Katrina response, private and public
jcdill.lists at gmail.com
Tue Jan 19 15:03:18 CST 2010
Bill Woodcock wrote:
> - Thinking to the longer term... The majority of people who die in
> humanitarian disasters die of second-order effects like starvation and
> disease that come in the wake of an earthquake or flood or whatever.
> That's just beginning now in Haiti, and will continue for some time.
> The people who died in the earthquake itself will be far outnumbered
> by those who will die as a result of insufficiently prepared emergency
> response. PCH and Cisco have been trying for _years_ to get donors to
> support a ready-to-go emergency communications team for disaster
> response, but it's been impossible to get donors to fund
> _preparedness_ rather than after-the-fact response. But immediately
> after an emergency is the _most expensive_ time to acquire generators
> and fuel and solar panels and wind generators and batteries and
> satphones and fiber and space-segments and so forth. All of that can
> be _much more cheaply_ purchased or contracted for beforehand, and
> delivered on-site weeks earlier. And those weeks are the weeks of
> effective response that reduce second-order deaths in the wake of an
> emergency. People who think they're being helpful with a donation now
> should understand that the donation would have saved ten times as many
> lives if it had been made a year ago, than if it's made now. If your
> companies have charitable foundations, please get them to think about
Well said Bill.
In addition, make sure everyone in your company has taken a CERT
(Community Emergency Response Team) course. Aside from cash donations,
the most important thing you can do is get CERT training so you can be
effective in an emergency situation.
The biggest problem in Haiti is a lack of an incident command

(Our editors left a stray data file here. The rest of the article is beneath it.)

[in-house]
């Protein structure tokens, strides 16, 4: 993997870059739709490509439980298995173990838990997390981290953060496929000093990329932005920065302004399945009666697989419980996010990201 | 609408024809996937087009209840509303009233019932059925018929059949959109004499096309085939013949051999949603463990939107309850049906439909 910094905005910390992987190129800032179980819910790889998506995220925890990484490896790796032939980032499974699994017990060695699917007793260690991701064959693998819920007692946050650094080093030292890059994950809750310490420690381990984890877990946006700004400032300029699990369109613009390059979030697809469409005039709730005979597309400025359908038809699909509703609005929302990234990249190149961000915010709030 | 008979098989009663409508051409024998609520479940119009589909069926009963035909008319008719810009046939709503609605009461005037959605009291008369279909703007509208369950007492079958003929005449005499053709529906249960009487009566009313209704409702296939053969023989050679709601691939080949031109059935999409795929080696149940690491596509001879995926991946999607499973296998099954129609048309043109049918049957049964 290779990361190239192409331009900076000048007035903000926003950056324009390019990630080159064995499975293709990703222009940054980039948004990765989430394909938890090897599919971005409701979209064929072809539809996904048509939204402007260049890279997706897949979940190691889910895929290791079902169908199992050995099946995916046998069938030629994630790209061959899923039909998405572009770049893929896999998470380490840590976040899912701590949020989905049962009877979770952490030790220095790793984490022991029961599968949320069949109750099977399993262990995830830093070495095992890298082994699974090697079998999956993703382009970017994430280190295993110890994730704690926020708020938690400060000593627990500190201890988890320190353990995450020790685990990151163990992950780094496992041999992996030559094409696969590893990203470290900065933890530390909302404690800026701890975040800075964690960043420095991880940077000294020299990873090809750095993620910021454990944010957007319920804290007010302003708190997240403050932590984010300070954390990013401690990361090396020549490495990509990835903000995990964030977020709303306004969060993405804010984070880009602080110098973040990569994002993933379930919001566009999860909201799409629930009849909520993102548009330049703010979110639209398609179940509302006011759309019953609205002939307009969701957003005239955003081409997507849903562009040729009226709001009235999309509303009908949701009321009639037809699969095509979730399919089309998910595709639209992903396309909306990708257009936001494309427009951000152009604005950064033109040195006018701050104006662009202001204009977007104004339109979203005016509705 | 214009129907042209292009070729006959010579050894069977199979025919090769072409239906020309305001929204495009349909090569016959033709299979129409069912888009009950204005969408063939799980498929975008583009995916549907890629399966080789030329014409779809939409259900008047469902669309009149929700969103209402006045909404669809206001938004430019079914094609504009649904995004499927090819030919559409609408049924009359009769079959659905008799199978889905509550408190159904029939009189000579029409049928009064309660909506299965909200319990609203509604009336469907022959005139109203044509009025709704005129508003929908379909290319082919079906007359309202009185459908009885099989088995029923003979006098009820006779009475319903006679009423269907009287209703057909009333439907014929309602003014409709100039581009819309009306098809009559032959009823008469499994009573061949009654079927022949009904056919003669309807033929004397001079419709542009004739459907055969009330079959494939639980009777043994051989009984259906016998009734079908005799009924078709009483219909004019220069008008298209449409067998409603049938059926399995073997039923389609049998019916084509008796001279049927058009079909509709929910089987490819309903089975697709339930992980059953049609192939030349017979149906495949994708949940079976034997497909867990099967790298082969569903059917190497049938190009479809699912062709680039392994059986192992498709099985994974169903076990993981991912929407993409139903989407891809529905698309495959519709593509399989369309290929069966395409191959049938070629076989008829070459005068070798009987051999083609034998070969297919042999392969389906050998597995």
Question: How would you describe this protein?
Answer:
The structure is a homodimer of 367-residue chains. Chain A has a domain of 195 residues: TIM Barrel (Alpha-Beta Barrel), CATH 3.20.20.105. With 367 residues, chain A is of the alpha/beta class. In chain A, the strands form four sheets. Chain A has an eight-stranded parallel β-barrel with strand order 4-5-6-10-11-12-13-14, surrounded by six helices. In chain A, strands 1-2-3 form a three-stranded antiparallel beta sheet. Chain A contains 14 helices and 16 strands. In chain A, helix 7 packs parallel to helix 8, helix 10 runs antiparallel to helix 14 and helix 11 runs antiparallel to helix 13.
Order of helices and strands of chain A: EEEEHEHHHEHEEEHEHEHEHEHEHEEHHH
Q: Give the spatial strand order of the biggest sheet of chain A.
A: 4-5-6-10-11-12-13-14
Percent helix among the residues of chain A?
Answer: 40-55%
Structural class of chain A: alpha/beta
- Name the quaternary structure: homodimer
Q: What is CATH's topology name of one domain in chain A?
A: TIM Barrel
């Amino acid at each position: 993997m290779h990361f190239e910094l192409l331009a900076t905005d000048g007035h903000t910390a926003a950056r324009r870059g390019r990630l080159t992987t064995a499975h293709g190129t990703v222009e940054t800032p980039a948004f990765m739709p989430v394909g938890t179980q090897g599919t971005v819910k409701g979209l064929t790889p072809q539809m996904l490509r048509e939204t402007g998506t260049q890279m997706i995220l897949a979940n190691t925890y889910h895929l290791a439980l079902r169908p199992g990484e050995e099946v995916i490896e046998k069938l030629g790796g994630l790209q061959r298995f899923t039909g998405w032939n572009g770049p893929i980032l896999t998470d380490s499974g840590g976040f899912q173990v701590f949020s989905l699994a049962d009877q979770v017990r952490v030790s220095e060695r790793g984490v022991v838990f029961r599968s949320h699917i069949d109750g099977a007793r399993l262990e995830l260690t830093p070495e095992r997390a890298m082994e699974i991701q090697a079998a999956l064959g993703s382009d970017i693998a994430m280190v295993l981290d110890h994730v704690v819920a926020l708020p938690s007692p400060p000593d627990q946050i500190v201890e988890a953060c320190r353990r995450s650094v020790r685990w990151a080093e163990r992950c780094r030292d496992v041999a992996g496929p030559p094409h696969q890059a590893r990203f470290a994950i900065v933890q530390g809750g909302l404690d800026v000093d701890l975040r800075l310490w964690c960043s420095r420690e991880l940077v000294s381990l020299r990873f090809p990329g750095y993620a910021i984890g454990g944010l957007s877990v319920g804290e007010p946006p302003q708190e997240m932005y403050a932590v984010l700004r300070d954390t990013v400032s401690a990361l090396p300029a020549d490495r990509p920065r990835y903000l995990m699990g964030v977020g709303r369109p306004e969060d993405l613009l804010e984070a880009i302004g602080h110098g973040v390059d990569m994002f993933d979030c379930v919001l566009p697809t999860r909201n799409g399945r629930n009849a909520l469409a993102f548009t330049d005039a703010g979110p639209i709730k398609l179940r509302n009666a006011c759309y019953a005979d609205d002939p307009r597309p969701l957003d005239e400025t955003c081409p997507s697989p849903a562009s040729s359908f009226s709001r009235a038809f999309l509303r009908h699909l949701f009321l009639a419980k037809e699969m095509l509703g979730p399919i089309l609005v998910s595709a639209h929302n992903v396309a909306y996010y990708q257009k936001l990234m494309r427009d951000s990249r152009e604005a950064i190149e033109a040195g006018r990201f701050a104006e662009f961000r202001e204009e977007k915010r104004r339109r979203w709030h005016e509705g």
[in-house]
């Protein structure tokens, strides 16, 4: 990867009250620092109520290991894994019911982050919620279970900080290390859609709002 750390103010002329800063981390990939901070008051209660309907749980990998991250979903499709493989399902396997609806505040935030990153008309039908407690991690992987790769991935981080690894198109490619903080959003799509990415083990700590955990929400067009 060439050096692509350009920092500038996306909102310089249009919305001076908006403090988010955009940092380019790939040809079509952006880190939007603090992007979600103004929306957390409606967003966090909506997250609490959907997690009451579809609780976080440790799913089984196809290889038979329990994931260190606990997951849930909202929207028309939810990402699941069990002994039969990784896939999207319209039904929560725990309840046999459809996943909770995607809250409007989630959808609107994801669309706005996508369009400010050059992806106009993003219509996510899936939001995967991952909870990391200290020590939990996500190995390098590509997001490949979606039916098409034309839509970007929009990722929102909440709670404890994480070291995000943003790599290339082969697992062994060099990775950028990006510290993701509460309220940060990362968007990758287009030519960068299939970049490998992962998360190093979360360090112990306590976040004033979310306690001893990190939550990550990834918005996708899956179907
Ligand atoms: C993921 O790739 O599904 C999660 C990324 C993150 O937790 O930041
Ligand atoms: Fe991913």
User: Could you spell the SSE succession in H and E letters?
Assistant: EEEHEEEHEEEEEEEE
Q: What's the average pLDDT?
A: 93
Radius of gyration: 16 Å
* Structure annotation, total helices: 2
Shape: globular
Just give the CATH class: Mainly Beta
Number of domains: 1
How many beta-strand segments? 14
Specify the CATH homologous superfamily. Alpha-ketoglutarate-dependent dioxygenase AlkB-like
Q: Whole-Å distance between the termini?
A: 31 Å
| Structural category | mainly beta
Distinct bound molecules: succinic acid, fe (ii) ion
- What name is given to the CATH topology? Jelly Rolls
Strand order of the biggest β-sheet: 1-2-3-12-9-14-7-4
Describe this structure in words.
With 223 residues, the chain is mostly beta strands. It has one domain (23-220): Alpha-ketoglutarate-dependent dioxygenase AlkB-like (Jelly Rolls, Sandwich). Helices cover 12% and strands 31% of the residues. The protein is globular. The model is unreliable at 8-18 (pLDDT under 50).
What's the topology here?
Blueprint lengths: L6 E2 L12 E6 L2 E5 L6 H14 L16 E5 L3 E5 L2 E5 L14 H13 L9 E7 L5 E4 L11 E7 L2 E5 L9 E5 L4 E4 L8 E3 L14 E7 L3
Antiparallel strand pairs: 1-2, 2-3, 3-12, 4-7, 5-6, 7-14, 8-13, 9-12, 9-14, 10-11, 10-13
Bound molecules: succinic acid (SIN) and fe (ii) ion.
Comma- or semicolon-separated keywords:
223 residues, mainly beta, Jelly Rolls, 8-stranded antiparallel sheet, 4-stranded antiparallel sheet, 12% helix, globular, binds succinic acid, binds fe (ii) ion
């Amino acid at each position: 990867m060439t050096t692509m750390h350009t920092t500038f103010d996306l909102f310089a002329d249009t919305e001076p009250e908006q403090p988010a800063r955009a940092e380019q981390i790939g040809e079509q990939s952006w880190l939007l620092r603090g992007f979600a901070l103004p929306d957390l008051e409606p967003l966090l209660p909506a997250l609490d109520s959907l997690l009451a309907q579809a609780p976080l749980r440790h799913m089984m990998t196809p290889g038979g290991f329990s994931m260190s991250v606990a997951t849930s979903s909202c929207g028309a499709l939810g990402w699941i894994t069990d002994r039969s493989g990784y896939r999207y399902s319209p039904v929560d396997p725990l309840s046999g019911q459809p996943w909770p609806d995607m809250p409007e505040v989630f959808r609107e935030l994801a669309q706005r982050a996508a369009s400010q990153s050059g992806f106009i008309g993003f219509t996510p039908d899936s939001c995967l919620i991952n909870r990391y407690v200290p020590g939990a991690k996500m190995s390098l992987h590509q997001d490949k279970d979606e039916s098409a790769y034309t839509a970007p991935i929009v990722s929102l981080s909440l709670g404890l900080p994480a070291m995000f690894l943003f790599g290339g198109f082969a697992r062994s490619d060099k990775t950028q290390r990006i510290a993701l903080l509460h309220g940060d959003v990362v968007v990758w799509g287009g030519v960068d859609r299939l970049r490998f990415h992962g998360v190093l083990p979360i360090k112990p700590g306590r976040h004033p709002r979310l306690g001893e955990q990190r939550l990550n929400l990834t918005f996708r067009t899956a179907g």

structure. Because of the lack of organization, resources are not
effectively used and people die - the tools needed to rescue them aren't
found in time, water isn't distributed in time, food and shelter isn't
made available in time, etc. Yes, all of these things are in
desperately short supply, but the problem is greatly magnified when
there's a lack of organization. If they had better organization, then
their scarce supplies would be used more effectively to benefit more people.
If every US tourist visiting Haiti or US citizen working in Haiti who
survived the quake unharmed had CERT training, they could have helped
organize and mobilize uninjured Haitian survivors to band together and
be more effective. This means being more effective at rescuing people,
at triage, at providing emergency medical care, at communicating with
municipal services (hospitals, doctors, police, fire departments), at
determining what resources you have at hand (food, water, fuel,
materials to build shelters) and how to best protect it, to ration it,
to share and distribute it. It will be a long time before we can get
CERT training in-place in third-world countries to ensure that their
citizens can have this training, but we have it here in the US - just
about every fire department offers the courses, often for free. Most
offer the course to anyone who lives or works in their area.
I don't know what CERT-like programs exist outside the US, but I'm
pretty sure that other developed countries have similar programs.
Brent Chapman has a presentation he gave at the USENIX/SAGE LISA
Conference in San Diego on Thursday, 8 December 2005, and at the BayLISA
meeting on Thursday, 20 October 2005:
The presentation is about how CERT training applies to IT disasters. So
not only will you be better positioned to provide personal help if you
ever find yourself in a disaster situation like Haiti, you will also be
able to apply the training to your day job in network operations. :-)
You can also read about Brent's experience helping setup network
communications in New Orleans after Katrina.
More information about the NANOG